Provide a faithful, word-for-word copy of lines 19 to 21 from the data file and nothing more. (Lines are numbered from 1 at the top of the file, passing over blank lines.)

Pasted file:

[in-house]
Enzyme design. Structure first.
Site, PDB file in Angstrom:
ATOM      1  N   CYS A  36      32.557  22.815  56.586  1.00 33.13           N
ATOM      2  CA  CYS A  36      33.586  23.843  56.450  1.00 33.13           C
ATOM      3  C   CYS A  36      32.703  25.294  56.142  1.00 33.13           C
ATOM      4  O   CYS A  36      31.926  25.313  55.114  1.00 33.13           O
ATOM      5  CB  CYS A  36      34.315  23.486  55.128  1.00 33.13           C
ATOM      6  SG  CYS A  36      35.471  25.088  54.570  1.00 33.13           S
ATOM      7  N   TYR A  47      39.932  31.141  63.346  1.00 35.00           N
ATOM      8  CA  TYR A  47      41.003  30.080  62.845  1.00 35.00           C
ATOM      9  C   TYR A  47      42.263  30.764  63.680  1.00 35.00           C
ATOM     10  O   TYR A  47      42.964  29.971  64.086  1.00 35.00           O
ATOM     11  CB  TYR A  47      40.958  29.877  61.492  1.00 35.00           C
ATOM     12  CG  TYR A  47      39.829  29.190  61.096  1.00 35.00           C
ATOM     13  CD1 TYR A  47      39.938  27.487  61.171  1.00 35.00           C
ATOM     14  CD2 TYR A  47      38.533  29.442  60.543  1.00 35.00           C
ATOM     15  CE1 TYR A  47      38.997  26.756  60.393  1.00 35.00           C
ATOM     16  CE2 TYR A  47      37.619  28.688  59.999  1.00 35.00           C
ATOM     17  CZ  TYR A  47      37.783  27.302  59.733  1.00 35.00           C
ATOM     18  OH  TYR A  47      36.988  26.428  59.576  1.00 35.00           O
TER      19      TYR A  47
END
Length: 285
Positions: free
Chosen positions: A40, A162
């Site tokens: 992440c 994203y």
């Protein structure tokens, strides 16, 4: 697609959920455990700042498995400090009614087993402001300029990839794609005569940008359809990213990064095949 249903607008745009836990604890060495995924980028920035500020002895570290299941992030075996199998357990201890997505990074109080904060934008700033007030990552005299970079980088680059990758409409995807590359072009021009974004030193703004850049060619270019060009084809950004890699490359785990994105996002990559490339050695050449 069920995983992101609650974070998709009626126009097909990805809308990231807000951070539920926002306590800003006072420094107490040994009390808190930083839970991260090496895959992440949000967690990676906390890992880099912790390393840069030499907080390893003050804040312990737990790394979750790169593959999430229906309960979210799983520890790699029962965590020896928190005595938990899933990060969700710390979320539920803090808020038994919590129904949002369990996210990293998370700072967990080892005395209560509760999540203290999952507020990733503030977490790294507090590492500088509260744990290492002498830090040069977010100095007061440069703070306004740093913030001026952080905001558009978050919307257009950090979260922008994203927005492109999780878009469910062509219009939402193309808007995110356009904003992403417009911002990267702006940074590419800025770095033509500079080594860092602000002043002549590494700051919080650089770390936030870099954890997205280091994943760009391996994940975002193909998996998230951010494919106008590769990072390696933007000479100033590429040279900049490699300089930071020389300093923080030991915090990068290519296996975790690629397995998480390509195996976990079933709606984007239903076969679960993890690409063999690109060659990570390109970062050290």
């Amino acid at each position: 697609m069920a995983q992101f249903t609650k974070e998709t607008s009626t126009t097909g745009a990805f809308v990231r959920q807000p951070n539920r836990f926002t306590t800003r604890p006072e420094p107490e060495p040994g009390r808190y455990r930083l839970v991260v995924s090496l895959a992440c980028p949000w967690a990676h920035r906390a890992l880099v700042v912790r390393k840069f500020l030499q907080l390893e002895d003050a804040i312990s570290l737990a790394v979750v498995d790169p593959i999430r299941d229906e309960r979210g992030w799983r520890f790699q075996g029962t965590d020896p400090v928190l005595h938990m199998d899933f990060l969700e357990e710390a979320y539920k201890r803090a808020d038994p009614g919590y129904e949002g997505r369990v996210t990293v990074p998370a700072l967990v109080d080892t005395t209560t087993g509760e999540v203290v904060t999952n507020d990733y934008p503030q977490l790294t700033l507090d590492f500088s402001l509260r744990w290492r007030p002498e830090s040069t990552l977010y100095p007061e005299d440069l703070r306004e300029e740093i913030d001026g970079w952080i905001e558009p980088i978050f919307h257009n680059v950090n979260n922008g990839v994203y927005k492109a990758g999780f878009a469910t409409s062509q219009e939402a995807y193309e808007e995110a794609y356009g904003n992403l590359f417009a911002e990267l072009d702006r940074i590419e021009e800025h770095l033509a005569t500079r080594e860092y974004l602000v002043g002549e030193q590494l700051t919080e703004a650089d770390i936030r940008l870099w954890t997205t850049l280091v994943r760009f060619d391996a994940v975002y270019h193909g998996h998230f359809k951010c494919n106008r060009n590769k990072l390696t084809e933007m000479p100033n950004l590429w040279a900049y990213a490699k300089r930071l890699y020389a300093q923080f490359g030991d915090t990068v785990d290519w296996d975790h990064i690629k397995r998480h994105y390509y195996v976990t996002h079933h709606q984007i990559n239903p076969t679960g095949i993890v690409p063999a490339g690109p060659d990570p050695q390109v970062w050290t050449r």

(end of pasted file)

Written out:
ATOM     16  CE2 TYR A  47      37.619  28.688  59.999  1.00 35.00           C
ATOM     17  CZ  TYR A  47      37.783  27.302  59.733  1.00 35.00           C
ATOM     18  OH  TYR A  47      36.988  26.428  59.576  1.00 35.00           O